Japan score 1,cameroon 0 bzzzzzzzzzzzzzzzz.Japan nearly score again bzzzzzzzzzzz,vuvuzelas,vuvuzelas yeah!!!!!!!….bzzzzzzzz…hey my ear is bleeding bzzzzzzzzzzz,bzzzzzzzzz….stupid,harmfull nonesense.There is some genuine fan in SA who really cheer,feel for their team but for vuvu fan it the same,their could be a bomb in the stadium bzzzzzz (we are happy blow us up)bzzzzzzzzz.(our team is losing)bzzzzzz,vuvuvuvuvuvuuvuvuvuuvuv.Stupidoooooooooo.Japan player (nikotikakuku nearly brake Eto leg with a ugly tackle,it ok!bzzzzzzzzzzzzz,ZZZZZZZZ.We going to shoot the shout african player bzzzzzzzzzz.Where is the passion?Culture this,culture that…If RAPE was cultural whould u alow it…Bzzzzzzz,bzzzzzzzz,she begging for her life bzzzzzzzzzzzz,ha,hahahahahahahhhahahha…VIVA STUPIDOOOO!!!!

  • Phil Kennedy

    I was quite looking forward to this World Cup and pleased for South Africa.
    This Vuvuzela thing has ruined the whole thing for me so far.
    South African pomposity in the face of complaints about them is doing a lot of damage to the views of South Africa to world wide supporters.
    OK you can’t ban them
    But stop this crap about it being “racist” or that utter drivel by Solana Larsen (what a pile of sheer tripe)
    Its a WORLD Cup.
    Not a SOUTH AFRICAN CUP
    About time South Africans woke up to this fact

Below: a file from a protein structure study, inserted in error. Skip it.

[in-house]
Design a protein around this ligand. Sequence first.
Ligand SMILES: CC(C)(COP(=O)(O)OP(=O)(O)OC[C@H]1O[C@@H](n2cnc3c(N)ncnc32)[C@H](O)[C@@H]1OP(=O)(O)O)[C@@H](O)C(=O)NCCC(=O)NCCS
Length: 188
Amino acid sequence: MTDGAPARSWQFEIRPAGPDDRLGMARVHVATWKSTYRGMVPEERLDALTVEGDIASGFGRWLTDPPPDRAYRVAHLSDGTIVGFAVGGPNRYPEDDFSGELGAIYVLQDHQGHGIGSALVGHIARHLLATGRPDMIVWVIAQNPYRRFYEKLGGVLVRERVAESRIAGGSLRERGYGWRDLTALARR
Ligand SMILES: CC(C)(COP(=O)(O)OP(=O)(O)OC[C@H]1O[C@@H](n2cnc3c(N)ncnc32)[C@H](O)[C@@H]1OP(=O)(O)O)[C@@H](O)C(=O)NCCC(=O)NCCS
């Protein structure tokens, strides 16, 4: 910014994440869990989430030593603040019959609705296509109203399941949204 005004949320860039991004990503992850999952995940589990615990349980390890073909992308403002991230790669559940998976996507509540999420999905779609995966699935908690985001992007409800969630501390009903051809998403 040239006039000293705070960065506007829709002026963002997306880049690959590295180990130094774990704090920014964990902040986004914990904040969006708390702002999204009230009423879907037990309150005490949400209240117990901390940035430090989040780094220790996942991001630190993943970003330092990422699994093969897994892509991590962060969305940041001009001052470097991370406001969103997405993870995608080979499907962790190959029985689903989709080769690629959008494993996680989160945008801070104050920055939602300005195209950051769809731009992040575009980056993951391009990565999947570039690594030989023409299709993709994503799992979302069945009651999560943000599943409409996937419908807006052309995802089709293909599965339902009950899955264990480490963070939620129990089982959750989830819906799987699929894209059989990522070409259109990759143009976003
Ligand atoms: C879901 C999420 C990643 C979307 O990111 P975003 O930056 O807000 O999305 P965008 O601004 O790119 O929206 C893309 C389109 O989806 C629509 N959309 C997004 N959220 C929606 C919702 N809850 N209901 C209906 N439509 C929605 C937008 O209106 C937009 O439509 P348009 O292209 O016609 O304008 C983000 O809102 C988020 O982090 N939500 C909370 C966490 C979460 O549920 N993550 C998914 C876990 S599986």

• Voice of Truth

    If this, this vuvuzela, is your culture, then your culture sucks. Not all cultures are equal.

    There is no crowd, no chants, no excitement, just awful buzzing. South Africa is really dissapointing if this is what they bring to the table.

  • Franco

    I don’t like the vuvuzela one bit, but I don’t think FIFA will ban them.

    2 points;
    Someone will sue FIFA for hearing loss.
    South Africa will never hold another major footballing tournament, unless they promise vuvuzela ban. It’s harmed their position.

  • […] World Cup is all of six days old and already the controversy rages. Not over the best team, the most skillful player, the biggest disappointment, or the prettiest […]

  • Mr. Mosgo

    Glad to hear the horns are not a nuisance for those fortunate enough to be able to attend the matches in person. For the millions whose only option is to watch the games on TV, the sound could be compared to the buzzer alarm you use to wake up. This sound which drones on and on through the whole match with very little variance in level, is what people are finding so frustrating. I’m sure if it increased and decreased with the play on the field the complaints would be nearly non-existent.

  • Ross

    I can’t stand them anymore. All I hear when I’m watching the WC is a bloody bee hive. Never thought I’d mute the WC, or any other sporting event for that matter, but the noise is getting unbearable. It’s just sad. Easily the worst WC I’ve had to watch.

  • […] where you get much more feel of it. Had I been there I wouldn’t have the slightest idea what a Vuvuzela is, and how bad I feel for Mr. Eto’o now that Cameroon has been eliminated. The […]